Plan for what you would like to learn. The gap from intention to action can seem insurmountable. What is standing in the way? You simply may not be ready, so how do you go from thinking about it to taking that first step? You may be afraid to be embarrassed by that first step (if I walk into a yoga class, will everyone look at me because I wore the wrong clothes? If I’m exploring a new practice area and ask for guidance will my questions look stupid?). Identify what you would like to learn and break it down. Do you want to do more transactional work? Leave traditional practice? Retire and do something completely different? Where might you start to identify the steps before your first step? 

  1. Think about what interests you. Where can you find materials both within and outside of the law to learn whether this is for you? Gather these resources so they are available when you are ready.
  2. Set a timetable so it’s not always “someday.” If there are people you hope to learn from, start making some appointments for coffee, lunch, etc. You might want to set up a separate calendar with a way to show you are meeting some goals, and spend some planning time in a comfortable space.
  3. Don’t keep it a secret. Create a support network. For advancement within an organization look for opportunities to be seen such as pro bono or committees. More broadly, what skills, connections, and learning opportunities are available in bar and other organizations? Sometimes we have to be reminded to ask for what we need.  


In our profession we react: we have work when someone else has a problem. It can be difficult to be proactive. Because we speak for others, not ourselves, it can be difficult to self-advocate, even with ourselves. It comes down to “what do I need to do my best work?” This can be a scary question because the answer may be “I need to be somewhere else.” Let’s take this in stages.

  1. Change something about your job. Are there ways you can connect more, learn more, move practice areas, and ask for what you need. Who can help you with that? Perhaps your workplace can be enhanced with well-being initiatives. LCL can provide resources. The geographic cure moving just to move may not affect real change.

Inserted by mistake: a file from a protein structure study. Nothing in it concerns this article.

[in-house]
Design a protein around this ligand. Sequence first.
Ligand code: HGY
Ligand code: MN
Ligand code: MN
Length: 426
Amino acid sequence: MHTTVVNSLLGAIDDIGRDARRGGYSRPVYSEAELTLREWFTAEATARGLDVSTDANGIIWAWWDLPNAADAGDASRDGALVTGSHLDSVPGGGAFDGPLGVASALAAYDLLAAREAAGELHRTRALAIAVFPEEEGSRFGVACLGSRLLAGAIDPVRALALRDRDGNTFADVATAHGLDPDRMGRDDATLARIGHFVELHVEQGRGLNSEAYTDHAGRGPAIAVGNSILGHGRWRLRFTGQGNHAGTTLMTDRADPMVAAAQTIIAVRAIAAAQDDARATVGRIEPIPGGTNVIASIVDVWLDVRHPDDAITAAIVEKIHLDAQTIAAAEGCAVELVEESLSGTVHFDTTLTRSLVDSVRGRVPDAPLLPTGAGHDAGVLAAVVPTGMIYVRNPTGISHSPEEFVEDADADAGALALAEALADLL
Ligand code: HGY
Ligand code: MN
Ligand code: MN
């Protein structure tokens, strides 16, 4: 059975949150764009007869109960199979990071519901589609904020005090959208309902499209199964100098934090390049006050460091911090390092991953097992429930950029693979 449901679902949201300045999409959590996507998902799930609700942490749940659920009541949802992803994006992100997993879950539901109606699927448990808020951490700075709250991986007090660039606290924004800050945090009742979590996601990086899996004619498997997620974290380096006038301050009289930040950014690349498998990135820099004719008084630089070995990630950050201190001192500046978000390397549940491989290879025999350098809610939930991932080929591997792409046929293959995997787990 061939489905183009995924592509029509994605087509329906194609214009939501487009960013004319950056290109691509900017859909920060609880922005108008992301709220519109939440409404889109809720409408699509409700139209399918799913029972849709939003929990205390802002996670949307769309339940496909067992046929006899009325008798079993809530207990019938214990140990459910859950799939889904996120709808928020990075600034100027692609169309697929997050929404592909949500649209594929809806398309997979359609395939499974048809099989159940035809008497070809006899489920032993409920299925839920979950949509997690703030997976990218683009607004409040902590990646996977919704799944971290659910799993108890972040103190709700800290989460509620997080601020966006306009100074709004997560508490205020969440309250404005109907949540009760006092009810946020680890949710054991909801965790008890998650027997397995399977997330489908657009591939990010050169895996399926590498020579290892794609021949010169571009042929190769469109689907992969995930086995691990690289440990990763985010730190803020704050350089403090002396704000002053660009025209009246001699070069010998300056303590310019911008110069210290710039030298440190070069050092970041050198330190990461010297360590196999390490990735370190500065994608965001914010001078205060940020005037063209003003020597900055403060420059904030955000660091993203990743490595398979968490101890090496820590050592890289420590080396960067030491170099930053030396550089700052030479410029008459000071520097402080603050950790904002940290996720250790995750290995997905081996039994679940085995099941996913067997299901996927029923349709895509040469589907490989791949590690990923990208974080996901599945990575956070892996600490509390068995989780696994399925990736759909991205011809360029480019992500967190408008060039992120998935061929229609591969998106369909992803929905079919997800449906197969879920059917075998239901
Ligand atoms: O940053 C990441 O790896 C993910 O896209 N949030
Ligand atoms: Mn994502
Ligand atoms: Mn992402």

2. Change your job. For reasons inside or outside of your control, you may need to make a change (or an opportunity arises, expected or unexpected). Have you spent more time planning a vacation than your career? This is the time to really think through your values, skills, and interests and how you will be able to do your best work. A coach, counselor, or LCL’s careers group might be helpful here. Law school career services offices are great resources well into your career. 
  3. Change from within. Our profession suffers from higher-than-average rates of substance misuse and mental health issues such as anxiety and depression. Our stress, because we are often exposed to the most traumatic events in people’s lives, is high. It’s hard to make these internal changes alone. LCL can help. 

However you choose to pursue learning and growth, know that support is available. LCL provides free and confidential assistance to legal professionals and their families on any issue that causes stress or distress. This includes free counseling statewide, peer support, groups, resources, and just someone to talk to. Call 651-646-5590, email help@mnlcl.org, or visit www.mnlcl.org.

Joan Bibelhausen is the executive director of Lawyers Concerned for Lawyers.